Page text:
Cooperation Circle in Maine creates space for community to gather faithfully

Abbey of HOPE members celebrate World Interfaith Harmony Week.
Abbey of HOPE members celebrate World Interfaith Harmony Week in February 2015.

PORTLAND, Maine  — Since starting an interfaith Cooperation Circle, Lori Whittemore has met a rich array of people from groups she had no idea were even a part of her community.

“The minute we started doing this work, people came out of the woodwork.  “I didn’t realize how much of a hunger there was to do interfaith community in alternative ways”,  she said of her community in and around Portland, Maine.

Whittemore brought the idea for Abbey of HOPE, which stands for Hands of Peace Extended, to her interfaith community in May 2014. In October 2014, they became the first United Religions Initiative Cooperation Circle in Maine, and in the beginning of 2015 they launched full-fledged programming.

In February, the Abbey  hosted a World Interfaith Harmony Week observance focusing on the Golden Rule.

“There was a gentleman present who practices Scientology.  I had no idea there were Scientology communities in Maine,” said Whittemore. “My life was changed….I would have never in a million years heard someone with that story if we had not been doing outreach through our newsletter.”

Then, there was a Baha’i woman who reached out to Whittemore to share about her experience being persecuted in Iran.

“In Maine, I have never found a platform to meet faithfully diverse folks,” she said, “And even when I do, I would never have imagined meeting up with someone who practices Baha’i from Iran.”

Maine is the least-churched states in the U.S. and Whittemore feels that, in the absence of such gathering spaces, there is an vacuum.  She and other members of Abbey of HOPE envision it as way for their community to “gather faithfully, with others of faith, whatever those faiths look like …a way of  practicing faithfulness in an ever-evolving religious and spiritual landscape.”

“Just because you don’t speak about God in a specific language doesn’t mean that you don’t experience what is Holy,” she said.

A service led by Rev. Nanci Adair to include a ritual of souling.
In October they held a service led by Rev. Nanci Adair to include a ritual of souling.

Partnerships and Upcoming Events

Recognizing that spiritual and religious differences are often aligned with cultural differences, the Abbey also partners with University of Southern Maine’s office of Multicultural Student Affairs to create space for diverse people to meet — and to respond to religiously motivated violence and hate.

Next week, they will do this through an event called Neighbors Standing Shoulder to Shoulder where people from various faith communities will gather to share stories and expressions celebrating the Golden Rule.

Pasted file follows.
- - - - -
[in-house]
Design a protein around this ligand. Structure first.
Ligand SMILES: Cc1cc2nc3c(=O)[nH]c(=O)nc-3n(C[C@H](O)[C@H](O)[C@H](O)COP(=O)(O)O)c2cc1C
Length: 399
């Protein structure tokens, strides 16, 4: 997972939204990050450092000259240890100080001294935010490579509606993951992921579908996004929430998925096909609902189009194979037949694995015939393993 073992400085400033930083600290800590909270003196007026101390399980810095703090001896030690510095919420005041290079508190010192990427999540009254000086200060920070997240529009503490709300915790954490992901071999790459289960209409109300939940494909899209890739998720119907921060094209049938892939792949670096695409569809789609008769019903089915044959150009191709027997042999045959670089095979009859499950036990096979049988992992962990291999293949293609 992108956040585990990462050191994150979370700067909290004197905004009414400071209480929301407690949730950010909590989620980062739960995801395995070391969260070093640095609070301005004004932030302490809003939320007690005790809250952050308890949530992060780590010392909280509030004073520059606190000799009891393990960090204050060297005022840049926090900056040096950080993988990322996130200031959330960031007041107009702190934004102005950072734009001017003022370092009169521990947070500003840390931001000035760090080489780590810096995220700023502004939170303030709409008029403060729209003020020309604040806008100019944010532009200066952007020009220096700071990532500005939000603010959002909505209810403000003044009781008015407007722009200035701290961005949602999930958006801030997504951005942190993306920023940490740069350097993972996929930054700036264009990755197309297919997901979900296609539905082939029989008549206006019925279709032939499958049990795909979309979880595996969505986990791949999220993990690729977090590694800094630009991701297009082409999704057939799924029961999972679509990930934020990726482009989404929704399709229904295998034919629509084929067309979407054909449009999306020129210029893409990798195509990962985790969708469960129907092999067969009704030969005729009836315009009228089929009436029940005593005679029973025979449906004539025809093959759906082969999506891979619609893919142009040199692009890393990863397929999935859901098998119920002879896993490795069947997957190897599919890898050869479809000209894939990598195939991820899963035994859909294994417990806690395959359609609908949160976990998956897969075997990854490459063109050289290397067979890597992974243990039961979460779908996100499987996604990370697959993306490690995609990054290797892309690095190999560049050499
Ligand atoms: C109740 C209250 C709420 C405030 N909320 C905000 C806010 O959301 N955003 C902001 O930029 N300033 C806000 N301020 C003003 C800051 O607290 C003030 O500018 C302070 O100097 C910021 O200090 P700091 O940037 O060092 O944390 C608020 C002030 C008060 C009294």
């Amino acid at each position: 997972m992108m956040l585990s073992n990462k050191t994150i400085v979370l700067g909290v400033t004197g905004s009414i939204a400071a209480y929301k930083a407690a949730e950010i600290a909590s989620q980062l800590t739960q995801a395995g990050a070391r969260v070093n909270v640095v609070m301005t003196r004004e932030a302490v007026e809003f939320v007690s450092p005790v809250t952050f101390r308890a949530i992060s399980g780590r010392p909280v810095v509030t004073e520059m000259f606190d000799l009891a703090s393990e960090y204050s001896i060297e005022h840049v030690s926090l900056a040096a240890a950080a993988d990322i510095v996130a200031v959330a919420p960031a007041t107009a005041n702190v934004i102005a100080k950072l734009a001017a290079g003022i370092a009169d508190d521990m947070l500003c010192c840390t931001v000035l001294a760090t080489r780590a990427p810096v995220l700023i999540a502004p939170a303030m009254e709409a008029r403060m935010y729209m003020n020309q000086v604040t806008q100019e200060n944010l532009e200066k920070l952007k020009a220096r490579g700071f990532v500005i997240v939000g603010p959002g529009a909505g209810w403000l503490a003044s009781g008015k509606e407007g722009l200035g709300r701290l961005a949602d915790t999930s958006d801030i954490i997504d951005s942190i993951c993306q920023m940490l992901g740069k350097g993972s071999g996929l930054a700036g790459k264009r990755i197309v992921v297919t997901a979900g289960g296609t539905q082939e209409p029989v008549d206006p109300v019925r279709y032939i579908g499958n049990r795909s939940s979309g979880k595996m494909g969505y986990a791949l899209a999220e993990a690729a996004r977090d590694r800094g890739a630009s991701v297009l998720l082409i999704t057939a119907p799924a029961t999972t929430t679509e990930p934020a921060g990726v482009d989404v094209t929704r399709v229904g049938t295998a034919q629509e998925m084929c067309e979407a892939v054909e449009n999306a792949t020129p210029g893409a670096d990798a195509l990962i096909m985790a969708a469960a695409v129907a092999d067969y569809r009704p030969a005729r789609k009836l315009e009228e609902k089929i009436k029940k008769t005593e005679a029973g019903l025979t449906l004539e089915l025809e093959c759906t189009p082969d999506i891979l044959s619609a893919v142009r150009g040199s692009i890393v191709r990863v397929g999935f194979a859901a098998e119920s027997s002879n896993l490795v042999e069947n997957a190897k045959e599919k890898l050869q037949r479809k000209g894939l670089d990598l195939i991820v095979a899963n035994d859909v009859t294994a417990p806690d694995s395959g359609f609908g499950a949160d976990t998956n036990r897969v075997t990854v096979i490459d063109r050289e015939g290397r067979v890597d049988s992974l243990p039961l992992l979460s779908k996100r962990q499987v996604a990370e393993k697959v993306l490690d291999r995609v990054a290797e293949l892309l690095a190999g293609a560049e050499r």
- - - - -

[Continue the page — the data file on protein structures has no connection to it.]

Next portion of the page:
In a true showing of the power of United Religion’s Initiative global network, Whittemore was able to share about this event with interfaith leaders all around the world, when there was a call for action after the twin bombing of churches in Pakistan.

“We need to stand together collaboratively as faithful people in the face of religious violence,” Whittemore wrote to her fellow Cooperation Circle members across the globe. “I invite you to consider April 7 for this purpose.”

In September, the Abbey will be opening that Clinical Pastoral Training Center of Southern Maine, an accredited program through the College of Pastoral Supervision and Psychotherapy, for people of all traditions to train for clinically chaplaincy, recognizing that their “clinic” can be any number of settings where spiritual care is given.   Whether  in a police car, or the Maine Wabanki Truth  and Reconciliation Commission or their own workplace, people of any number of belief system or traditions can prepare for professional chaplaincy

Technology for Good

Abbey of HOPE Leadership Circle meeting at Green Acres in Eliot Maine
Abbey of HOPE Leadership Circle meeting at Green Acres in Eliot, Maine

Whittemore and the Abbey’s Leadership Circle are also passionate about extending the opportunity to share in these gatherings to people who cannot attend in-person.  The Abbey provides accommodation for people to attend events digitally.  At least a portion of participants at each event attend this way.

Whittemore has seen this type of connection happen in a very meaningful way for a member of the Abbey’s Leadership Circle who had difficulty getting around during the icy winter. When she told the board she was going to resign, Lori said “No, no, no let met set you up with Zoom.

Now, through the Abbey’s innovative uses of technology she is able to be a part of a diverse community of people learning to live together faithfully in an ever-changing world.

How can you join the Abbey of HOPE?



Leave a Reply